Sometimes it feels likes we can hardly move without bumping into words like ethical, sustainable, eco-friendly and green. They’re pretty impressive words – tied up with messages about saving the world and supporting the environment –  but what do they actually mean…? 1. Hemp Breathes in Co2 Hemp is basically nature’s purifier. The plant rapidly captures carbon dioxide from the atmosphere and makes what we breathe much cleaner. In fact, for every tonne of hemp produced, 1.63 tonnes of carbon is removed from the air (which makes hemp a much more effective sequester of Carbon Dioxide than trees). 2. Hemp Regenerates the Soil The stem and leaves of the hemp plant are jam-packed with nutrients. As the plant matures and the seed grows, leaf matter falls to the ground and decomposes replenishing the soil with goodness ready for the next crop. And after harvesting, the remnants of the hemp plant […]

Hemp Deregulation – Long Overdue

It is madness, not reefer madness, to keep hemp on the Canadian list of restricted crops. Low THC hemp is often referred to as a form of marijuana, with all the gravity that giggling about it will allow. But for Canadian farmers, the restriction is no laughing matter. It’s a restriction on a potential crop. About 80,000 acres of industrial hemp were grown in Canada last year by 732 farmers. Saskatchewan, Alberta and Ontario lead the way in production. Most of those acres were harvested for their cannabidiol (CBD) oil and for commercial seed, and it is also grown for fibre. Each of those producers, and another 500 or so who are also registered to grow it, had to undergo a criminal record check and provide a detailed plan of production and handling. While this weeds out the competition, it also restricts economies of scale that would attract more processors […]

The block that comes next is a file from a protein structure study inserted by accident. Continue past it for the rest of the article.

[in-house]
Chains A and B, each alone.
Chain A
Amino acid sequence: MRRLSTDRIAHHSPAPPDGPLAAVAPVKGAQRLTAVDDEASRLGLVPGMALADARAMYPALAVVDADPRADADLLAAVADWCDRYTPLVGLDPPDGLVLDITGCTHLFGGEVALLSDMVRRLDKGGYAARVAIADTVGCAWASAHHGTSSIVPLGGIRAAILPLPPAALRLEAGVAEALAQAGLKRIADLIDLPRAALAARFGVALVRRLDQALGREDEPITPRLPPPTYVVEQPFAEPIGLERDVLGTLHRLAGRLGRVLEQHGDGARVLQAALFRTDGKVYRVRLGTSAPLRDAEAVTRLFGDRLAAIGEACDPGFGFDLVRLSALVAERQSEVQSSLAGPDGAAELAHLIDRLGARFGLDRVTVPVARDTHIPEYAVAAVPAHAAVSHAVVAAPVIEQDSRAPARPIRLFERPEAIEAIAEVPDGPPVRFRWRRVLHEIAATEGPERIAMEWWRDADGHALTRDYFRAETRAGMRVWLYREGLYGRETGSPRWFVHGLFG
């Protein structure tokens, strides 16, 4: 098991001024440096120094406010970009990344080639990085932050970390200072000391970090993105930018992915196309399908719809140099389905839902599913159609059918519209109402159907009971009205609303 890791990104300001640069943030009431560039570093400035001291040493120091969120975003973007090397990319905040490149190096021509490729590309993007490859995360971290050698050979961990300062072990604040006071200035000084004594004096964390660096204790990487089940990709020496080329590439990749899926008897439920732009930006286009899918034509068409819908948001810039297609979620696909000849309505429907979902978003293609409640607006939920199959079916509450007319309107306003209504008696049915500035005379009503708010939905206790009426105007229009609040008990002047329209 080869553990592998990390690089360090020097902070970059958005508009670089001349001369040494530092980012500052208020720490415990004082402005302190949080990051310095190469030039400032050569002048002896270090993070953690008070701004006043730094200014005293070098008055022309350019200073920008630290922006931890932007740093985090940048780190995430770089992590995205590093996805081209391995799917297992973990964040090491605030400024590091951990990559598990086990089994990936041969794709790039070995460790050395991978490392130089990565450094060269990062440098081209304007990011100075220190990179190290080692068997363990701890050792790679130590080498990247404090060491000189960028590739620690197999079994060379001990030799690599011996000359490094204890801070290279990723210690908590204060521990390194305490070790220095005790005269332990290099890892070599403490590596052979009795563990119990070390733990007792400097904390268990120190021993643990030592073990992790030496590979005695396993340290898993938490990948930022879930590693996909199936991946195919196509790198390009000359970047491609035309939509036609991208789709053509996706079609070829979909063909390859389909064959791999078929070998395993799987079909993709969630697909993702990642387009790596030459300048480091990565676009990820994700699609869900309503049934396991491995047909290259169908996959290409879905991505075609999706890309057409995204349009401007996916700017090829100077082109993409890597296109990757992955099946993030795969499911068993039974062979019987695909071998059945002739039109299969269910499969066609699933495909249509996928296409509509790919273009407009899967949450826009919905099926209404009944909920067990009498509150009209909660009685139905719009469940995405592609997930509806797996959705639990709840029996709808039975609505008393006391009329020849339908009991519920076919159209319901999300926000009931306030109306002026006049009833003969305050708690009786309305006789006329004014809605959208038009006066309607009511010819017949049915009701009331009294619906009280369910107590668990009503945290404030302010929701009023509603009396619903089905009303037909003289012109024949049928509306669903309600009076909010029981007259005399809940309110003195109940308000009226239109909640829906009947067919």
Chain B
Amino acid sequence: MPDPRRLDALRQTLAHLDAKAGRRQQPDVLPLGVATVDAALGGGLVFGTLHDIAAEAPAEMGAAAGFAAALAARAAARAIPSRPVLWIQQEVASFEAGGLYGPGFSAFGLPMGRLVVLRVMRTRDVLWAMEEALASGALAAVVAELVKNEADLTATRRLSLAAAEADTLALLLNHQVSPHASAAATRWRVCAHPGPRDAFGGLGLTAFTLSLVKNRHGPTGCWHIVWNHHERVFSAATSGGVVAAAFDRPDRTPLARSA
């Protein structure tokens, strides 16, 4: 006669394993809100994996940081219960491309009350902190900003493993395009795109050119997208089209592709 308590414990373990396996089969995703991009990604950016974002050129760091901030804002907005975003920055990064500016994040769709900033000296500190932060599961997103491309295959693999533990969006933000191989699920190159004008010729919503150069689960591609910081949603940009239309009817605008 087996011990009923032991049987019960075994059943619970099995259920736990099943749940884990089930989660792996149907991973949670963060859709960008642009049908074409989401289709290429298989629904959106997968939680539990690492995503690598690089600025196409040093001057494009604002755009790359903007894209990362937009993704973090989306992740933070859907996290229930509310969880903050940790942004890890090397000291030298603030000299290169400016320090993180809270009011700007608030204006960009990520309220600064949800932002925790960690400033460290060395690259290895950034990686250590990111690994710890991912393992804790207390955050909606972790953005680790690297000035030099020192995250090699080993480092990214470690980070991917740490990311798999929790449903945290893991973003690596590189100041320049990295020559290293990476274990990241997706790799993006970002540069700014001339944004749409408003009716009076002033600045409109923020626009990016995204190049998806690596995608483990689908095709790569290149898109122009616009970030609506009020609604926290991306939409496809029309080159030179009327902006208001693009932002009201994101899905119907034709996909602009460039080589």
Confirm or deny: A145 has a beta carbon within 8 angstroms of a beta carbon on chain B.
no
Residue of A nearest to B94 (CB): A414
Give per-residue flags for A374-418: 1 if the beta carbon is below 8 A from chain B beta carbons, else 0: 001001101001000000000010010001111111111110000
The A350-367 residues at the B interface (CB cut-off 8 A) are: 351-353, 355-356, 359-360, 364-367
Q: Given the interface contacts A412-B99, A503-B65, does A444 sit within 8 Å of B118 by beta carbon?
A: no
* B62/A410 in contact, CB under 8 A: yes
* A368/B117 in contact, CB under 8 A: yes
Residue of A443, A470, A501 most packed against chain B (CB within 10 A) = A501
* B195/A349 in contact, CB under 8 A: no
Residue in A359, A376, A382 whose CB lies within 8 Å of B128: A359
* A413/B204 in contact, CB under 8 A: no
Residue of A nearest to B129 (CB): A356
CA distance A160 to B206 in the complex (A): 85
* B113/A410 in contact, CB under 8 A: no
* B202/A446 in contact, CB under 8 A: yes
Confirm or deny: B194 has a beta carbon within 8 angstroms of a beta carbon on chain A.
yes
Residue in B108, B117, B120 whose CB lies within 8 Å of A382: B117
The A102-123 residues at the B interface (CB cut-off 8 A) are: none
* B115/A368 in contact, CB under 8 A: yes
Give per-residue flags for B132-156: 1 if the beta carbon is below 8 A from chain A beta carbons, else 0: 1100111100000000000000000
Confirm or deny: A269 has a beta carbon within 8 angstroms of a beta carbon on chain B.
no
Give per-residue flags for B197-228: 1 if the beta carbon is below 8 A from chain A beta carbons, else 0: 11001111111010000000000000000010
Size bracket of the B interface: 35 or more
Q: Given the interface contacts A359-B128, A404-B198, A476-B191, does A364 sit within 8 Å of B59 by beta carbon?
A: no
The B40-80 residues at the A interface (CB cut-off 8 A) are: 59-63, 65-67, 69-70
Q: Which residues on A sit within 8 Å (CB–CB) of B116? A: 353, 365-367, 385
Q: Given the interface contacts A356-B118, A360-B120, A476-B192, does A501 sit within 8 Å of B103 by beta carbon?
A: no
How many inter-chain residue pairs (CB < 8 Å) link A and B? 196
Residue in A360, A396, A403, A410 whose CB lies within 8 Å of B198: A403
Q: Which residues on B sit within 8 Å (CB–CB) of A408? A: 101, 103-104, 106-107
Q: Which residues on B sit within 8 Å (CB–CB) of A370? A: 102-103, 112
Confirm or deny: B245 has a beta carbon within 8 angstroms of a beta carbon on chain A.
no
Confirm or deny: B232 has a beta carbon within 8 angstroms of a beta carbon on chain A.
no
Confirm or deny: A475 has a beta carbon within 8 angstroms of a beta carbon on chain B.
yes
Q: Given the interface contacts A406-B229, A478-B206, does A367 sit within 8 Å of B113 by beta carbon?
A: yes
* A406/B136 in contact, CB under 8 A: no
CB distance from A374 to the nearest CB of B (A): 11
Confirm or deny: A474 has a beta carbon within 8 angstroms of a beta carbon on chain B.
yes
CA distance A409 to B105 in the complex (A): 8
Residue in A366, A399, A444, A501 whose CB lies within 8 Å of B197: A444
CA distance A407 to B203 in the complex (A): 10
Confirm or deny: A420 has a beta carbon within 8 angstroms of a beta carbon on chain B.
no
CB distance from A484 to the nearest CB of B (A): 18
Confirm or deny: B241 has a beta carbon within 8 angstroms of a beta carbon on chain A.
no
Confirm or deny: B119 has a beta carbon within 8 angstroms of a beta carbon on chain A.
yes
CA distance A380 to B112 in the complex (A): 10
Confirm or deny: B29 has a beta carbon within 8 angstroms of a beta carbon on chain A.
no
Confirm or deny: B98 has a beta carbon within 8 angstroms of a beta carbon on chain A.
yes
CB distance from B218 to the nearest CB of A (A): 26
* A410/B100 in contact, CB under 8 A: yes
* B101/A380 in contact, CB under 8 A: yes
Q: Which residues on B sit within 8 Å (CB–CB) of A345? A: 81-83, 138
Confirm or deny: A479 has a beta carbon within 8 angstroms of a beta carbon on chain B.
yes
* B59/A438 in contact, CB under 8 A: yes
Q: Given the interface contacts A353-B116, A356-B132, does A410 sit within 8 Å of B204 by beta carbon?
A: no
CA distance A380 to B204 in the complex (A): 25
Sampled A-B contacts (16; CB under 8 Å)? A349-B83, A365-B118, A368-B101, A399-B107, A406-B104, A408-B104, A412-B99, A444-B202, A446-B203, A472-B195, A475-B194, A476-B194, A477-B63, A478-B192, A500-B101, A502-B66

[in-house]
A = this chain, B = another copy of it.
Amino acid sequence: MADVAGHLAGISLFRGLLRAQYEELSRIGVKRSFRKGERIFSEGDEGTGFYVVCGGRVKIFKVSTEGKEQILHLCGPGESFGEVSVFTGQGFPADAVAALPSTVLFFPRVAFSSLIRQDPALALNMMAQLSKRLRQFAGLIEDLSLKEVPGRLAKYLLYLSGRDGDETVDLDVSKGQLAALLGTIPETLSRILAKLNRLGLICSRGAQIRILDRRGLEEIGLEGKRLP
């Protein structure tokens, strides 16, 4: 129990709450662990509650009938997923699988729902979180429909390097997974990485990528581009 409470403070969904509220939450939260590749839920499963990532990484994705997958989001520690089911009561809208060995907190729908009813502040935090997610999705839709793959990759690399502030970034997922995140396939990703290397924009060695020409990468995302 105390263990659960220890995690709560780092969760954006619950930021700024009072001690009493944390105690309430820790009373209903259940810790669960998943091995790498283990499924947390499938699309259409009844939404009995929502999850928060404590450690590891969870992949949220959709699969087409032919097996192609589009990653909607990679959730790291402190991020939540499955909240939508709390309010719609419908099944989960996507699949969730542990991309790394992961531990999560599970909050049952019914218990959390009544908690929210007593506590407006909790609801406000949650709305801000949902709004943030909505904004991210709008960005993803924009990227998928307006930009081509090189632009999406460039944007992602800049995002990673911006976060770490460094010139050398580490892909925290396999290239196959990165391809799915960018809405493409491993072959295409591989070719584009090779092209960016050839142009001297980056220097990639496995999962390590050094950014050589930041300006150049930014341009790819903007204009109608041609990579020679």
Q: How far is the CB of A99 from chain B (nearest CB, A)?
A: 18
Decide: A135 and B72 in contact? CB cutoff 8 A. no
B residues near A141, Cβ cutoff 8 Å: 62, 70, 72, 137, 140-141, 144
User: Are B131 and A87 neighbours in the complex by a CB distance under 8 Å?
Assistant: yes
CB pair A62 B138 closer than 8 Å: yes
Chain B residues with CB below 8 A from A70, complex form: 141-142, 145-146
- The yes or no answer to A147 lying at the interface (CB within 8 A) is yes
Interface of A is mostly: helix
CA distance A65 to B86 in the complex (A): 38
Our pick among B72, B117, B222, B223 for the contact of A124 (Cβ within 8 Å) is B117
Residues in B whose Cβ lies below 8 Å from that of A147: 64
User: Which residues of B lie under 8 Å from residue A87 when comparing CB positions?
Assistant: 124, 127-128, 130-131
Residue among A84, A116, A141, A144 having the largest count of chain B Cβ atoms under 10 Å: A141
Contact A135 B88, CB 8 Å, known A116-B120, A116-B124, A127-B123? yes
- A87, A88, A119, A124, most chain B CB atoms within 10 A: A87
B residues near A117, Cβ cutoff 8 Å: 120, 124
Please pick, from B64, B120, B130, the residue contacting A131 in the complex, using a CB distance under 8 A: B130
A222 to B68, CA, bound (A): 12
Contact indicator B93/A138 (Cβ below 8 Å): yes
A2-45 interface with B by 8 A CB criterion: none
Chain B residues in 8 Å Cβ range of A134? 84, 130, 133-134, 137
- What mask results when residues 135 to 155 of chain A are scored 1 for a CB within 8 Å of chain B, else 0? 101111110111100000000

Environmental Benefits of Hemp

With its fast growth and significant biomass yield, second on land only to bamboo, hemp supports efficient land use. Research is underway in various locations to provide robust documentation to support hemp environmental claims. This includes: Once established, the hemp plant thrives well against competitors. Therefore, it may lessen the introduction of chemical inputs into the hemp industry as compared to some other commercial crops. Hemp maybe useful in carbon footprinting equations, as on average, it yields 4 times the biomass of an average forest in 90 days compared to 25 years in tree growth. Hemp is thought to provide a valuable break in a crop rotation for the purposes of disease and pest management. Hemp’s root system can break up compacted soil, it is thought to provide aeration. The roots may also help to control erosion. Hemp may contribute to pollution abatement through its ability to mitigate toxins from [...]

Growing Hemp Fiber in Alberta

Canadian hemp can produce an impressive amount of vegetative biomass in a range from 2t/ha to 10 t/ha depending on cultivar. Hemp biomass offers several components: fiber (found in the bark/outer skin) about 25 to 30 percent of the stalk, hurd (woody inner portion of the hemp stalk), and dust screenings/particulates). Processing provides pure elements, as well as blends of these components. In comparison with other bast fibers (such as from flax, kenaf, jute, or ramie), hemp fiber has excellent fiber length, strength, durability, absorbency, anti-mildew, and anti-microbial properties. Hemp offers super absorbency. This quality is desirable for oil and gas cleanup, livestock bedding, and personal hygiene markets. Hemp’s very high tensile strength, strength-to-weight ratio, flexural strength, and ability to rebound are desired benefits in bio-composites for automotive parts, aerospace, and packaging. The textile, paper, and building markets have an interest in some specialty applications due to hemp’s durability, anti-microbial, [...]

How Alberta is poised to become a hub of the hemp industry

From CBD oil to car parts, interest is high in cannabis strain Source: How Alberta is poised to become a hub of the hemp industry

Hemp Production

https://www.youtube.com/watch?v=atCfGQpN1F4